Getting Paid to Write

How is it possible that so much of the ‘content’ we read each day online, so much of what changes and challenges and inspires and enrages and entertains us, is written by people who are paid nothing for their work? Did you know that nobody’s getting paid to write most of what you see on the internet?

As I’ve dug into writing more this year, countless people have suggested that I’ll soon be getting rich. Guest writer gigs, book deals, long hot showers of endless money, all are soon to come! Over and over again, people have asserted two things:

  1. Good writing pays.
  2. My writing is good.

And yet, when you dig, most sites say things like this: “we regret that we are unable to pay people who write content”.

Savor how deliciously passive that statement is.

We regret that we are unable to pay people who write content.

Often, we regret that is omitted, leaving only the simple assertion that the business model relies on a class of workers who are paid nothing. Who, if they were actually considered workers, would probably be illegal because they work at wages far below the legal minimum.

What’s the problem with unpaid writers?

There’s money aplenty flowing through these organizations. Ad revenue, when you have a site that gets a lot of traffic, can be pretty impressive. Membership-supported sites can also rake in a lot of cash. There are expenses, to be sure—but these are businesses, not charities, and it’s safe to assume that they’re making money if they last a few years. AOL paid $315 million for ownership of the Huffington Post in 2011. Yet there’s no money to pay their authors?

I work for an organization that couldn’t survive without volunteers, and I’ve done a lot of volunteering in my life. There’s nothing wrong with doing meaningful work for free, and sometimes it’s a beautiful thing to donate your labor and choose not to be paid.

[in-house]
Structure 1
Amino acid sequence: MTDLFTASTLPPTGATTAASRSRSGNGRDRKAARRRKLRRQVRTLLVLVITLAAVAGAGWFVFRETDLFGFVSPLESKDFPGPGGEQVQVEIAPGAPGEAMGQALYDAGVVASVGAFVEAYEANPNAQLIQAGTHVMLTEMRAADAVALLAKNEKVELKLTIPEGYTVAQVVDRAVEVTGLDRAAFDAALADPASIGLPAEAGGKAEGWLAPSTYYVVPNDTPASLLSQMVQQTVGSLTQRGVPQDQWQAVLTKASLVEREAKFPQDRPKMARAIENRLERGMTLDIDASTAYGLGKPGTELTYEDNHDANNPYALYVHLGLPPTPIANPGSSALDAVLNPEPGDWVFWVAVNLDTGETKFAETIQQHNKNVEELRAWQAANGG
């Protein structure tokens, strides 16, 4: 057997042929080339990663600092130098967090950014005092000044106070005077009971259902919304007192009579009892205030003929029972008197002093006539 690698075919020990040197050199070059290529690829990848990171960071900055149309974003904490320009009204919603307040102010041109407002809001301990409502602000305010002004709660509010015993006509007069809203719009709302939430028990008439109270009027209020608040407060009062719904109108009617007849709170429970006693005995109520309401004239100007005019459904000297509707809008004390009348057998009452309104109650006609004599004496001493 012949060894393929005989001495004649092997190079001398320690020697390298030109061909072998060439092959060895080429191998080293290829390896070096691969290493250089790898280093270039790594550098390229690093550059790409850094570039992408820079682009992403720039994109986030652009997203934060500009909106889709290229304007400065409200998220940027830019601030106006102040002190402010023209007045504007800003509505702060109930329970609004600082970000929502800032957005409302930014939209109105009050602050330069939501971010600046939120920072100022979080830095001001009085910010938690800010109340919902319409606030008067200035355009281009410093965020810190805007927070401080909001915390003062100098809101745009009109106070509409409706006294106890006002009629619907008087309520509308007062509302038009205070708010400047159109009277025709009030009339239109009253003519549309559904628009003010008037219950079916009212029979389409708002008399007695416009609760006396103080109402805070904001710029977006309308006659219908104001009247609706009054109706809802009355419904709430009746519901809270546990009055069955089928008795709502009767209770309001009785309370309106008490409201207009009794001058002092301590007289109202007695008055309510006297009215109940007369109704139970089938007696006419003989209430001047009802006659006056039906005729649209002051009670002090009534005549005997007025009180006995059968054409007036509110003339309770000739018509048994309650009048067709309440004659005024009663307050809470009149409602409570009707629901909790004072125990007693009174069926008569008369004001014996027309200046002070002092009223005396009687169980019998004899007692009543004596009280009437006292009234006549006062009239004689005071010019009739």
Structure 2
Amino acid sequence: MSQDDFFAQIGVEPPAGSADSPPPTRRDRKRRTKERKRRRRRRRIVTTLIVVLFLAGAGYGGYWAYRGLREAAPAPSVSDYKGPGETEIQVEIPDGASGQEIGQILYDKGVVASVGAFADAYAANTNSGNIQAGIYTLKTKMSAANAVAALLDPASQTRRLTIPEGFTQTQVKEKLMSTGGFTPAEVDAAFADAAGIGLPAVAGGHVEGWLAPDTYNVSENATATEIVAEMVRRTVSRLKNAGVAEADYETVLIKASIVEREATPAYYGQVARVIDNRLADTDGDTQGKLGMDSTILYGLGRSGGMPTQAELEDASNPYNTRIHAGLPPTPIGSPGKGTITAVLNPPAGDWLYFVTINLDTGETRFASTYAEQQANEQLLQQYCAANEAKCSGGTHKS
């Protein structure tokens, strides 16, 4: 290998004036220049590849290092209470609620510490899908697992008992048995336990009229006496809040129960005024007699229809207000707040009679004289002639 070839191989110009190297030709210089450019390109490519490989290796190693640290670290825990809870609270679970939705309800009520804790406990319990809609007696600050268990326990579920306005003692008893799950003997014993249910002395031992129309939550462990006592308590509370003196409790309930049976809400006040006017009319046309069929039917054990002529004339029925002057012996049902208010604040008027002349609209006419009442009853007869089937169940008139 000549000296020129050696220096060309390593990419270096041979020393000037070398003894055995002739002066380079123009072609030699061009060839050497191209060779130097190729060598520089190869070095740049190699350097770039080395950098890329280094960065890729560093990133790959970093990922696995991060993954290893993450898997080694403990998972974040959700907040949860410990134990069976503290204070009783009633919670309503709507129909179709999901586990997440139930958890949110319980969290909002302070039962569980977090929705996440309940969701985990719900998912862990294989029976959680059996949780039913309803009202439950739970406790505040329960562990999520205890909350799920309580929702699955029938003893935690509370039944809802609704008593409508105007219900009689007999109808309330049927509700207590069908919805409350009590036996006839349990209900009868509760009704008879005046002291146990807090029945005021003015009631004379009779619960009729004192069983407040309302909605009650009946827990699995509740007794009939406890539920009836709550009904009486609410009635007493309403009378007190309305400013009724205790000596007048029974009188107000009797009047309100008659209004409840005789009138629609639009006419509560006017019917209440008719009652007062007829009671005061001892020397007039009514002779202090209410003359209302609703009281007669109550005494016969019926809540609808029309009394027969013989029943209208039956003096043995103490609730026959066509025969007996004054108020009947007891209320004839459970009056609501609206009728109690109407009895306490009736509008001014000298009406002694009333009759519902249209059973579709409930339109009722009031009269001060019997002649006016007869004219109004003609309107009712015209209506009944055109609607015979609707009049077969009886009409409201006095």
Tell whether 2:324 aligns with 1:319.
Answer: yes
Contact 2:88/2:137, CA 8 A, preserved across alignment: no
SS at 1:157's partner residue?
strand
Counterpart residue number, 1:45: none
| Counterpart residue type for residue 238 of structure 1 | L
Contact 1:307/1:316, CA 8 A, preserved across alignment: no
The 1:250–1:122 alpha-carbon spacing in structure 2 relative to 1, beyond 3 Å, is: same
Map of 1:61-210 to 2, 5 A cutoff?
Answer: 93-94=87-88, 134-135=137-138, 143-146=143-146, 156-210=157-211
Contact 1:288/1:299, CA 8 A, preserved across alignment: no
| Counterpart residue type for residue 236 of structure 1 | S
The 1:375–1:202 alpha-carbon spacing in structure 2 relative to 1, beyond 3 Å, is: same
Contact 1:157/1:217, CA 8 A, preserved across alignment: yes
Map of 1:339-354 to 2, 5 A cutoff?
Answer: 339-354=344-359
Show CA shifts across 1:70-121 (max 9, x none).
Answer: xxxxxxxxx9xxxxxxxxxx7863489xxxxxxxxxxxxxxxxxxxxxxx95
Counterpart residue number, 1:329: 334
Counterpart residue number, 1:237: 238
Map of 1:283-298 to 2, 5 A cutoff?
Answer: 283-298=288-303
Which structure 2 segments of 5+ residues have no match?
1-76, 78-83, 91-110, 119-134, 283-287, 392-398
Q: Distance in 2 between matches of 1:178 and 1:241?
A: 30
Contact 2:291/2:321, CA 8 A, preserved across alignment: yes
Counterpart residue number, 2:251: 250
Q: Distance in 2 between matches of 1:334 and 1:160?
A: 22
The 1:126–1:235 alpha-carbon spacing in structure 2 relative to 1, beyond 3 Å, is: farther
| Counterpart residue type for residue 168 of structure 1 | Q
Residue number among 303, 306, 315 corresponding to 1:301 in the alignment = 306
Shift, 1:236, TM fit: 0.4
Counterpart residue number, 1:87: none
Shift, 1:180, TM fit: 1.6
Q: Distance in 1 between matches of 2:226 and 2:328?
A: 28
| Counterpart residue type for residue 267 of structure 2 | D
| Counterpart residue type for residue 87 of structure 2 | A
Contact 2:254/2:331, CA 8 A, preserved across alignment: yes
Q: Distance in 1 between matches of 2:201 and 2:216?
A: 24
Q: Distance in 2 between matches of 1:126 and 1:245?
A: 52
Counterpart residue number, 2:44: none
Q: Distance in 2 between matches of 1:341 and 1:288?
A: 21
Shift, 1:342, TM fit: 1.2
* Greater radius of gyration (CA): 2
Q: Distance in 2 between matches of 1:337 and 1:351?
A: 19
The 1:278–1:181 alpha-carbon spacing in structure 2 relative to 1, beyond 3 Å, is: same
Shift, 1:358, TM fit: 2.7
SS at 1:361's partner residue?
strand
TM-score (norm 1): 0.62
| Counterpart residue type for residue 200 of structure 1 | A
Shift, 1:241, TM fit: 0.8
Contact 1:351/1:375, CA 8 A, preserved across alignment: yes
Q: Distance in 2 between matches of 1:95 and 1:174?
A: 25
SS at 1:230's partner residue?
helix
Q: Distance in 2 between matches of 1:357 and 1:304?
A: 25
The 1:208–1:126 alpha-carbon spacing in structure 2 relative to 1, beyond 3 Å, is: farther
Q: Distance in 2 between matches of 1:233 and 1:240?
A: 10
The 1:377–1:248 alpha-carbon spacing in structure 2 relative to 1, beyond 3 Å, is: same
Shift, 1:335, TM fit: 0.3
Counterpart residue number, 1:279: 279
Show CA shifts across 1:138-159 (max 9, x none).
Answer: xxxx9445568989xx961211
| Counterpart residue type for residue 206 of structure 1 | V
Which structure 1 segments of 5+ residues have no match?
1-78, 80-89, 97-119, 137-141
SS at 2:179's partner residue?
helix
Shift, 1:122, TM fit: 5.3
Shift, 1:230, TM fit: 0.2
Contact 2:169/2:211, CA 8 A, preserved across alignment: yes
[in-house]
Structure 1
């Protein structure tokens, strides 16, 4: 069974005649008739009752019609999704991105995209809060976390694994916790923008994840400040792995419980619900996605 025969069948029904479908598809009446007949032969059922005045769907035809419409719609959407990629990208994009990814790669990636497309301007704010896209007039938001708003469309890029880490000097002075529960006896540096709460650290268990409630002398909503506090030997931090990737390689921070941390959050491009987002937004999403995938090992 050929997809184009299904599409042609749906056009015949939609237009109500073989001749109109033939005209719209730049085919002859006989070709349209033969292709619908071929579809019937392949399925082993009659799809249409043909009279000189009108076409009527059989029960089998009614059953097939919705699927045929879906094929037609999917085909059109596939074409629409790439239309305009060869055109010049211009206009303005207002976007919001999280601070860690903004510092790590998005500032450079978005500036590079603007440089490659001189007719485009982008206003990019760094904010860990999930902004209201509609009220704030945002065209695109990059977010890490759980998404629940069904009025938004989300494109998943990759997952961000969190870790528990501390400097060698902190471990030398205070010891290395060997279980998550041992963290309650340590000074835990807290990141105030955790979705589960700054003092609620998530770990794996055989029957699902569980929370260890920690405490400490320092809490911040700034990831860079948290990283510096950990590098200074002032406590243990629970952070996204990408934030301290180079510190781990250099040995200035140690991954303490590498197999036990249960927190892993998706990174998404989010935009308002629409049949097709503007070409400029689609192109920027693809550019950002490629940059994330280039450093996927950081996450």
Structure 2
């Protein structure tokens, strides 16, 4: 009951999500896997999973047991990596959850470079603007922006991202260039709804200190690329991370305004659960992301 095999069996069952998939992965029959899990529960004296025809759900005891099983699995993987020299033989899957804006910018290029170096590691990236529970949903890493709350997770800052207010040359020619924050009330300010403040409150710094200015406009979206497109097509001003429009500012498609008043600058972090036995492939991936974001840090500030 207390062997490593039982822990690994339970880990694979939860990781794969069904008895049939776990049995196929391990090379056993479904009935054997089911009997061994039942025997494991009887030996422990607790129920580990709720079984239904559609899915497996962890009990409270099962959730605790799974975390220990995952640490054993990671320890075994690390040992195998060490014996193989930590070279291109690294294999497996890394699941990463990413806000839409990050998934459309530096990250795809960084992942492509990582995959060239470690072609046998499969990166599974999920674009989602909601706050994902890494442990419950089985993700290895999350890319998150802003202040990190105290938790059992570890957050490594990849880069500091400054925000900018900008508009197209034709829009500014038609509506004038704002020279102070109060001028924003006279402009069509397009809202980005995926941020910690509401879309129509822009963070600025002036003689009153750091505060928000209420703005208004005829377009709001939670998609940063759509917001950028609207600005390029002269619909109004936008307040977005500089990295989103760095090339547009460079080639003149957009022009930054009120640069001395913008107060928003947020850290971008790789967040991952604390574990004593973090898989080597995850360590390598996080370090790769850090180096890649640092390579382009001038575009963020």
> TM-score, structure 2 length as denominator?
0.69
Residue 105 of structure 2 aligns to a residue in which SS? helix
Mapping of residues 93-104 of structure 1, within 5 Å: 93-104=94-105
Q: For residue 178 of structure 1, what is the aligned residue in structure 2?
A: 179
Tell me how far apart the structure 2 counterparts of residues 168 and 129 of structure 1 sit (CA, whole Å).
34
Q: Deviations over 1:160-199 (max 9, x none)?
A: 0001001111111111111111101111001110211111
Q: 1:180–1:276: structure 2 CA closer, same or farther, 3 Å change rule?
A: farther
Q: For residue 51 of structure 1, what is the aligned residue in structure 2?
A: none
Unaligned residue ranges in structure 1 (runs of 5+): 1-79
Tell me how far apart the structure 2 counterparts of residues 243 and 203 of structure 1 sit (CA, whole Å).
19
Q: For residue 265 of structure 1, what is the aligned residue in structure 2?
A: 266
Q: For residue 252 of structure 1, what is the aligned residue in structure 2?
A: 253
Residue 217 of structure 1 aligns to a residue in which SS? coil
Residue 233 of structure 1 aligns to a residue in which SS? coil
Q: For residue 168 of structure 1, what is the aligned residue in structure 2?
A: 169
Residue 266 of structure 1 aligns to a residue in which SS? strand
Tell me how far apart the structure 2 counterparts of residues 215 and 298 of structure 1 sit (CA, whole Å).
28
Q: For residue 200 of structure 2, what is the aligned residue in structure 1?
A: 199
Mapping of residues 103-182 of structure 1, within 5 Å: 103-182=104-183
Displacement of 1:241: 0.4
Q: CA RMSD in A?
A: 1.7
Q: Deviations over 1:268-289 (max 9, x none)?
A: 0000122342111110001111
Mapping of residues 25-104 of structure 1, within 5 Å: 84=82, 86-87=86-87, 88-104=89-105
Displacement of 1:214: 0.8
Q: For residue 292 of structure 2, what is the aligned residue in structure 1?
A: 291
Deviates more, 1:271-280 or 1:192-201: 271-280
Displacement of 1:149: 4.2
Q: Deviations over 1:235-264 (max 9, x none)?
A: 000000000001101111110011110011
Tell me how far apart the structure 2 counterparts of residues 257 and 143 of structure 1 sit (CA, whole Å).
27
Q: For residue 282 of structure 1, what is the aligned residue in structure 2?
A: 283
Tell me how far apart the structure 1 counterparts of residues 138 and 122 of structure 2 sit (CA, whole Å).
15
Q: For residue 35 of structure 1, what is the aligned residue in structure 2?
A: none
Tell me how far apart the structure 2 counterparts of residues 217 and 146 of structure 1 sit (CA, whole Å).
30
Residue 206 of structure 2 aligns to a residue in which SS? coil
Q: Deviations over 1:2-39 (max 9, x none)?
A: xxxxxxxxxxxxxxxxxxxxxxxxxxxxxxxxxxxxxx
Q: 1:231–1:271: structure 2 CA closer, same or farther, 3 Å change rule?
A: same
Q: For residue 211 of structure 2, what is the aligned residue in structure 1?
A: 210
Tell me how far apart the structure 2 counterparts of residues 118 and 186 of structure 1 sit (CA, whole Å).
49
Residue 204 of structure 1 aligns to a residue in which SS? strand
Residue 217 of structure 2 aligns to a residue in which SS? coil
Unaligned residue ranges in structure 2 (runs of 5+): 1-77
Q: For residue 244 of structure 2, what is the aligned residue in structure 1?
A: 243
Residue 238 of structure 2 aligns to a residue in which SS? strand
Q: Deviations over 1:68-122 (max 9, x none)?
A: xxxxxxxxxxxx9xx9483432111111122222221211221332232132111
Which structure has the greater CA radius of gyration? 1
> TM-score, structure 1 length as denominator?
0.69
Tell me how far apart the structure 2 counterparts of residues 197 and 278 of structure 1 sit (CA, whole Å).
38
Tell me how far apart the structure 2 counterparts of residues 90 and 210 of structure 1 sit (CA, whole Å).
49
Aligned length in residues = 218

But I think what chaps my ass is that these organizations exist to sell a product—‘content’—to readers, and secondarily to sell another product—access to those readers—to advertisers and data miners. They’re fundamentally engaged in commerce. They require writers to sign over all publication rights for the work they’re submitting, so the company can resell and republish the work at will. Yet they don’t pay for what they’re selling.

And then they hide that fact. Here’s a question:

How many of the sites you read pay their authors for their work? Do you know? Can you find out?

It’s usually tough to find out. The answer usually lurks in the tall grass of the submissions pages, if you can find those.

I think it’s dishonest. People tell me all the time that I should be making money from writing, and that I should do it for [pick your favorite site]. It’s clear that most folks believe writers for these sites get paid. I think it’s dishonest for the sites to hide the fact that they’re just publishing donated material. The sites should acknowledge the gifts, so that readers can offer gratitude where it’s due.

But they don’t.

And yet we keep writing. We write for free, for the thrill of sharing ideas and passing them to others. Many of us write in hopes that, someday, the money really will materialize. We keep writing, and we keep donating what we create. We hope.

But I’ve also seen people stop writing because the hope dies. It doesn’t pay, and people rarely say “thank you”. We live in a world that measures value in dollars and kudos, and when people offer neither, writers eventually move on to other work. And their ideas disappear.

I find myself not clicking articles people post when I know that they’re hosted on ad-supported sites that still don’t pay their authors. It feels wrong to be complicit in aggregating lucre for those at the top when those at the bottom earn nothing.

There’s a line from John le Carré’s Tinker, Tailor, Soldier, Spy that comes to mind. One character, a double agent, ends up saying “I hate America very deeply… the economic repression of the masses, institutionalized. Even Lenin couldn’t have foreseen the extent of that.

I don’t know how we can have an online “content model” that actually pays people for creative work. But I think it has to start with acknowledging the truths about how our present system works.

And the truth is that very few people are getting paid to write.

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